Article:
With a large supply of residential, office and commercial space having come onto the market in recent years, the real estate sector in Bahrain is going through a period of transition as it works to absorb excess capacity. While development has slowed, financing has become easier for developers to obtain, thanks to higher levels of liquidity in global capital markets.
Banks are increasingly willing to lend, although they are acting cautiously and requiring developers to put up more of their own money. One segment that faces significant demand and little supply is affordable housing, an area that could present substantial opportunities for local participants in the real estate sector.
RESIDENTIAL: Like many of its GCC neighbours, the Kingdom experienced a surge in real estate development in the years up to 2008. A number of large, high-end residential and mixed-use developments were begun during this period, mainly on reclaimed land to make them eligible for sales to foreign nationals. Some of these projects – such as the Amwaj Islands and Reef Island – have been partially completed and are now home to a number of Bahraini and expatriate residents.
As units from these and other developments have become available, this has depressed an already soft residential market. While a weak global economy contributed to the post-2008 downturn, the social unrest in the first half of 2011 also had an effect. Many middle- and upper-income Bahrainis continue to buy homes, but expatriates, who in the past would have purchased an asset, are choosing to rent instead. For this reason, the rental market is more active than the sales market, according to Harry Goodson-Wickes, the head of the Bahrain branch of UK-based real estate agency Cluttons. But there are factors weighing on this segment as well, including an increase in supply, as home owners seem unwilling to reduce sales prices in the hope that they can recoup their purchase price while leasing their property instead, Goodson-Wickes told OBG.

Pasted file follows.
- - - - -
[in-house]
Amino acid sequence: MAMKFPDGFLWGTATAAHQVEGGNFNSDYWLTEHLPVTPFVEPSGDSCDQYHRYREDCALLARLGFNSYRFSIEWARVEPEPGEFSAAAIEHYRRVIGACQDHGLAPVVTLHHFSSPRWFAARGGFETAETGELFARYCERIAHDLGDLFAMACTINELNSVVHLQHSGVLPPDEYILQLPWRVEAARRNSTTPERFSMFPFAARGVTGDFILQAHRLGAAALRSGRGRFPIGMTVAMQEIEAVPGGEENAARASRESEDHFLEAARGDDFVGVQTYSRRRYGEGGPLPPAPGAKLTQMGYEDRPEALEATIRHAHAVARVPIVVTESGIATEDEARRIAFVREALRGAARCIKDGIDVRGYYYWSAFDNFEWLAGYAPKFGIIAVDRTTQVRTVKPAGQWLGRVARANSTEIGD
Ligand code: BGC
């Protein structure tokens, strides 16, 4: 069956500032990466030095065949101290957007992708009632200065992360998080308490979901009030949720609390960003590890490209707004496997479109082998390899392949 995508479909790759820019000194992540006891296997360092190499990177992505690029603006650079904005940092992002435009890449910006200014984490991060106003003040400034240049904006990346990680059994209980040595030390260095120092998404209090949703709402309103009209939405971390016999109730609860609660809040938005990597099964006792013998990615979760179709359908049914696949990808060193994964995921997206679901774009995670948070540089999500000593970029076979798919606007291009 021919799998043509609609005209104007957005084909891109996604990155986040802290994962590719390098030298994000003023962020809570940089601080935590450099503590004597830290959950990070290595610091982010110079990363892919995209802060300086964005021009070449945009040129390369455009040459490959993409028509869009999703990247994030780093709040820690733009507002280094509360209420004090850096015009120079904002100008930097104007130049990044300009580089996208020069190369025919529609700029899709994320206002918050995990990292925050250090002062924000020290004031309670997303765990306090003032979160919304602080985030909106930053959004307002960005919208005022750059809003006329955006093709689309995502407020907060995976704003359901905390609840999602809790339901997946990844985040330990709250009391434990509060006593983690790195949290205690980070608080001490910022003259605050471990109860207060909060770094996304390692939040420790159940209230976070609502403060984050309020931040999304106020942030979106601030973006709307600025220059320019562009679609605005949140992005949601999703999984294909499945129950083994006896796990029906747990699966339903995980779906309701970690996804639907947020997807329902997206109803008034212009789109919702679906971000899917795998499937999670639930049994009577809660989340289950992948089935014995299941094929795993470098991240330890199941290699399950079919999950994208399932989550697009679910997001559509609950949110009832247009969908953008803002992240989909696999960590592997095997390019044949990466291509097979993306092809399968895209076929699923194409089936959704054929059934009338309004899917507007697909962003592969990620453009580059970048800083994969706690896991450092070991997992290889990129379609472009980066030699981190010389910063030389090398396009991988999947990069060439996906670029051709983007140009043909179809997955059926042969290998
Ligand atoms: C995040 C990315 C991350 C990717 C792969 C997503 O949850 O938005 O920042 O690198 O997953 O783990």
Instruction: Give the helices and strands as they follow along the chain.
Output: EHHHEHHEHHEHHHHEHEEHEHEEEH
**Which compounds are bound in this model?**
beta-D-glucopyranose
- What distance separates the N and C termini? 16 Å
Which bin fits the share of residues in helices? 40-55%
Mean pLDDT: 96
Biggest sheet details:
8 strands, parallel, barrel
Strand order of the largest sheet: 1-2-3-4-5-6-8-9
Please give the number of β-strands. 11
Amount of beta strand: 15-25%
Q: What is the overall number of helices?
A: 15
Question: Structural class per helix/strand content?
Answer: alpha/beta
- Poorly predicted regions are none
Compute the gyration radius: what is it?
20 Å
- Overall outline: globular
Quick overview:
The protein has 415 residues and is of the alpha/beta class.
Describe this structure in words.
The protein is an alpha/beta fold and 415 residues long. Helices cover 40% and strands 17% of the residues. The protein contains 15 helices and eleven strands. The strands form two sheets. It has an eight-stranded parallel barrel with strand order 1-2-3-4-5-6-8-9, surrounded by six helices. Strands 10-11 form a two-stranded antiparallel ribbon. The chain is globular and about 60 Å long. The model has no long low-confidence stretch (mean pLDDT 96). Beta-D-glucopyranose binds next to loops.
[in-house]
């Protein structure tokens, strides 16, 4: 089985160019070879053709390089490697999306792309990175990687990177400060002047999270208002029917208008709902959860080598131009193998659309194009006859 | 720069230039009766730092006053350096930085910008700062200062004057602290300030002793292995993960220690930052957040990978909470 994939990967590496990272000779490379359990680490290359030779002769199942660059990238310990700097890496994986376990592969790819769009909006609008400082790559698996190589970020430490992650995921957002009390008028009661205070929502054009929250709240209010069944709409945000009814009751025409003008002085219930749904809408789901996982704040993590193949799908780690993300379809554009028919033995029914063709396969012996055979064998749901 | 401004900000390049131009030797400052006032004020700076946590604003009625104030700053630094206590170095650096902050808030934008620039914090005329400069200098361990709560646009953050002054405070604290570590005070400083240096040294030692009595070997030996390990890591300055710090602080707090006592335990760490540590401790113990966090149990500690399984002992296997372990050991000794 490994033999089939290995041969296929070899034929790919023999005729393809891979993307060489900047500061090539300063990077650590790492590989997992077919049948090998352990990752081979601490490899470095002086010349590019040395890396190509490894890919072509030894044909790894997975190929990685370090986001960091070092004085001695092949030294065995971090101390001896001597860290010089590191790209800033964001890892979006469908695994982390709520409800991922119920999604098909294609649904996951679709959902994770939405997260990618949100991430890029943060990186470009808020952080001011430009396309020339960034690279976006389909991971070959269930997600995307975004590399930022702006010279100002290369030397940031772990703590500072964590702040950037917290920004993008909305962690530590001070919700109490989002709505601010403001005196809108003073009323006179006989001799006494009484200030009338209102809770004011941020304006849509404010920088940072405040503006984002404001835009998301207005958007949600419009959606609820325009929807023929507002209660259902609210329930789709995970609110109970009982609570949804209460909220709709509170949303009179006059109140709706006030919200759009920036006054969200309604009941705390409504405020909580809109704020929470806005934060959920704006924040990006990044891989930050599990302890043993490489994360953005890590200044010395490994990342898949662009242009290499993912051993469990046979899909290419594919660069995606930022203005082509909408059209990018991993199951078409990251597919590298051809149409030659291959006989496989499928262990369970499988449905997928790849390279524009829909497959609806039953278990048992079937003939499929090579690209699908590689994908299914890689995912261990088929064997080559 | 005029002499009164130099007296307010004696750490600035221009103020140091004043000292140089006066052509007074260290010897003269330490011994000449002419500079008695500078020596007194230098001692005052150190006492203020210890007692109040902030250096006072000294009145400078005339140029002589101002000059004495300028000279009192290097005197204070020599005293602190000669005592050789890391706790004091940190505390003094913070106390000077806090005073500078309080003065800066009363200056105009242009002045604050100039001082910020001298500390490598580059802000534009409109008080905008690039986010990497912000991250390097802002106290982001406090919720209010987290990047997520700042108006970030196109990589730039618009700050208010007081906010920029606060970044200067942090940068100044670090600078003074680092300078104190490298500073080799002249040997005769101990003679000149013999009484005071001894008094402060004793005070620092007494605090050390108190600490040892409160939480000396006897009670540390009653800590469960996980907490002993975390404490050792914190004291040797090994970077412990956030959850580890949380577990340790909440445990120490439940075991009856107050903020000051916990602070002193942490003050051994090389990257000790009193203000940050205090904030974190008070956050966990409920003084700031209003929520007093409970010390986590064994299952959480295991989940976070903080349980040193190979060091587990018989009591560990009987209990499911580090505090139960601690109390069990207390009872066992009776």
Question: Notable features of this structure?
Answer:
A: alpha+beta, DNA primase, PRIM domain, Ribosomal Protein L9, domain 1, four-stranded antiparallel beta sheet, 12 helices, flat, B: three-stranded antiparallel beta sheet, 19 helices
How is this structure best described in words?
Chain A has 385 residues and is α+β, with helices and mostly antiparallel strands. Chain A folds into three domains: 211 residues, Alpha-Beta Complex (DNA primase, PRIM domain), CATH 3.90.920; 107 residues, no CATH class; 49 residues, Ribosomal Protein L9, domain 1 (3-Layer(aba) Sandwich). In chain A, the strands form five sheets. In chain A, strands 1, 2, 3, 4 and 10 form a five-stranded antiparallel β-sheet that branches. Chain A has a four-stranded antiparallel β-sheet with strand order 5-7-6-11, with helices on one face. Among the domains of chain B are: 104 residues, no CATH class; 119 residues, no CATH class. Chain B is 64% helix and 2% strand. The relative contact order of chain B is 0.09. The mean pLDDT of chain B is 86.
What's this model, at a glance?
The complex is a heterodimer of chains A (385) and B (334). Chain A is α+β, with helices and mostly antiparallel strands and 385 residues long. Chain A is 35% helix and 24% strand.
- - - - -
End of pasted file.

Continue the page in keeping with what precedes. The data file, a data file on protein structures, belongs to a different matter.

RENTAL PRICES: According to a report released in the fourth-quarter 2011 by the Bahrain office of real estate firm CBRE, monthly rental rates for a standard two-bedroom apartment in Juffair, an area that is popular with expatriates, fell from BD750 ($1980) in the fourth quarter of 2008 to just above BD600 ($1584) in the final three months of 2011. Similarly, the rental price for a three-bedroom villa located in a compound declined from around BD1100 ($2904) to BD900 ($2376). Compounds – which have been popular with upper-income expatriate families and are generally located in the north-western part of the country in areas such as Budaiya and Saar – have been particularly affected by the social unrest, with many people choosing to move to gated developments, such as the Amwaj Islands.
Sales prices are down too, according to a first-half 2011 report from Knight Frank, the global property consultancy. The average apartment price has fallen to BD790 ($2087) per sq metre, down from around BD1300 ($3432) in the first half of 2008. Villa rates have seen a decline over the same period, from BD850 ($2244) to BD625 ($1650) per sq metre. However, the downward trend started to slow in the first half of 2011. Average asking prices decreased by around 6% between January and June 2011, compared to 13% for the second half of the previous year. Knight Frank’s report also notes that villa prices are declining more rapidly than those of apartments, as owners have been reducing their prices to attract buyers.
The experiences of individual developers OBG spoke to are consistent with market data. In January 2011, for example, Alargan, a Kuwait-based developer, launched sales for its most recent project, Jeyoun, a mixed-used development. Khalil Saleh, the general manager for Alargan, told OBG that following the political unrest in February 2011, all of their reservations, which accounted for about 30% of the project, were cancelled. Sales have since returned, however, and approximately 35% of their units had been sold as of late 2011.